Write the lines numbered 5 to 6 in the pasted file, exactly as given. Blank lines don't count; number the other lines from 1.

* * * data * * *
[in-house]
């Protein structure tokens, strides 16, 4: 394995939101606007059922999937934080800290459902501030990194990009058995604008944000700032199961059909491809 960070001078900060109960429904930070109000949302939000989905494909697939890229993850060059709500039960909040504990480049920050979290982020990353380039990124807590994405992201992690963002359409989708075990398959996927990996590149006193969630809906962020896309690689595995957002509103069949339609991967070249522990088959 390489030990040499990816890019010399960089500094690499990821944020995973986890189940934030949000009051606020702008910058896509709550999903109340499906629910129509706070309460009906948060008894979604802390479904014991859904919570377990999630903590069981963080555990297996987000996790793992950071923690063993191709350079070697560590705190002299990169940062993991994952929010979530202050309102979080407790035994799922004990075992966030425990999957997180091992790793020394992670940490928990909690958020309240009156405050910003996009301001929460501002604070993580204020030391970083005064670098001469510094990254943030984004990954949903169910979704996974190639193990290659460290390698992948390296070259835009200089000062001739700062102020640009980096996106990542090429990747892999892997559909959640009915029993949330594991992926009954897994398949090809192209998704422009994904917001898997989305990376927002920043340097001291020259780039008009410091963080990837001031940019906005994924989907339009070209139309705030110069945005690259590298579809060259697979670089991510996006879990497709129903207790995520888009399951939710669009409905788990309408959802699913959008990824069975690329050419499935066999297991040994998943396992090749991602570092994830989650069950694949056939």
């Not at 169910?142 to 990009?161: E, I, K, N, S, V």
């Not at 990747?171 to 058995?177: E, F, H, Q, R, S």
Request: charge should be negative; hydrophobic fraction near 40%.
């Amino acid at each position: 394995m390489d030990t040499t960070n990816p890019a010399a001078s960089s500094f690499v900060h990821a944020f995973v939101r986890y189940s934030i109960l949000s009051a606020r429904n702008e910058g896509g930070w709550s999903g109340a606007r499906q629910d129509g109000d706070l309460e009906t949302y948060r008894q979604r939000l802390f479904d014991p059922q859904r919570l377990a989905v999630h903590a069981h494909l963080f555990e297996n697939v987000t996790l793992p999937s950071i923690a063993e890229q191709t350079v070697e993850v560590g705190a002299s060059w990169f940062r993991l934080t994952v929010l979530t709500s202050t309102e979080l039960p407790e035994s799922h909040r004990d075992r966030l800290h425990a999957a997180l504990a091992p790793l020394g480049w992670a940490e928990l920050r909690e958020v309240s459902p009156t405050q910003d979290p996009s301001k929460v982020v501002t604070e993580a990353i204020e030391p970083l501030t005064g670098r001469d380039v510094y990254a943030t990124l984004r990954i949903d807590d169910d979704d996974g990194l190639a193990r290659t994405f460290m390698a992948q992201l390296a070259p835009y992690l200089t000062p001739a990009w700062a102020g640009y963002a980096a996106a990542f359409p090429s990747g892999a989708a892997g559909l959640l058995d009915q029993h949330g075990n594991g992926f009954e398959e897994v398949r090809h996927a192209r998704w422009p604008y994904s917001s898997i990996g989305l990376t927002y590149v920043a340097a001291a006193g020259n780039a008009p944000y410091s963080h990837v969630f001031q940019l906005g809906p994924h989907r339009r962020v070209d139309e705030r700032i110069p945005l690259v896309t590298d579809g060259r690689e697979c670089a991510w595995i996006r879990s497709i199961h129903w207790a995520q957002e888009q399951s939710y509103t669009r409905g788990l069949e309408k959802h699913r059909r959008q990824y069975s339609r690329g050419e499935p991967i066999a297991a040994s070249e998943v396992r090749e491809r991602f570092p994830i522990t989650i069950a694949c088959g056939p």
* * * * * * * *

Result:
Request: charge should be negative; hydrophobic fraction near 40%.
């Amino acid at each position: 394995m390489d030990t040499t960070n990816p890019a010399a001078s960089s500094f690499v900060h990821a944020f995973v939101r986890y189940s934030i109960l949000s009051a606020r429904n702008e910058g896509g930070w709550s999903g109340a606007r499906q629910d129509g109000d706070l309460e009906t949302y948060r008894q979604r939000l802390f479904d014991p059922q859904r919570l377990a989905v999630h903590a069981h494909l963080f555990e297996n697939v987000t996790l793992p999937s950071i923690a063993e890229q191709t350079v070697e993850v560590g705190a002299s060059w990169f940062r993991l934080t994952v929010l979530t709500s202050t309102e979080l039960p407790e035994s799922h909040r004990d075992r966030l800290h425990a999957a997180l504990a091992p790793l020394g480049w992670a940490e928990l920050r909690e958020v309240s459902p009156t405050q910003d979290p996009s301001k929460v982020v501002t604070e993580a990353i204020e030391p970083l501030t005064g670098r001469d380039v510094y990254a943030t990124l984004r990954i949903d807590d169910d979704d996974g990194l190639a193990r290659t994405f460290m390698a992948q992201l390296a070259p835009y992690l200089t000062p001739a990009w700062a102020g640009y963002a980096a996106a990542f359409p090429s990747g892999a989708a892997g559909l959640l058995d009915q029993h949330g075990n594991g992926f009954e398959e897994v398949r090809h996927a192209r998704w422009p604008y994904s917001s898997i990996g989305l990376t927002y590149v920043a340097a001291a006193g020259n780039a008009p944000y410091s963080h990837v969630f001031q940019l906005g809906p994924h989907r339009r962020v070209d139309e705030r700032i110069p945005l690259v896309t590298d579809g060259r690689e697979c670089a991510w595995i996006r879990s497709i199961h129903w207790a995520q957002e888009q399951s939710y509103t669009r409905g788990l069949e309408k959802h699913r059909r959008q990824y069975s339609r690329g050419e499935p991967i066999a297991a040994s070249e998943v396992r090749e491809r991602f570092p994830i522990t989650i069950a694949c088959g056939p």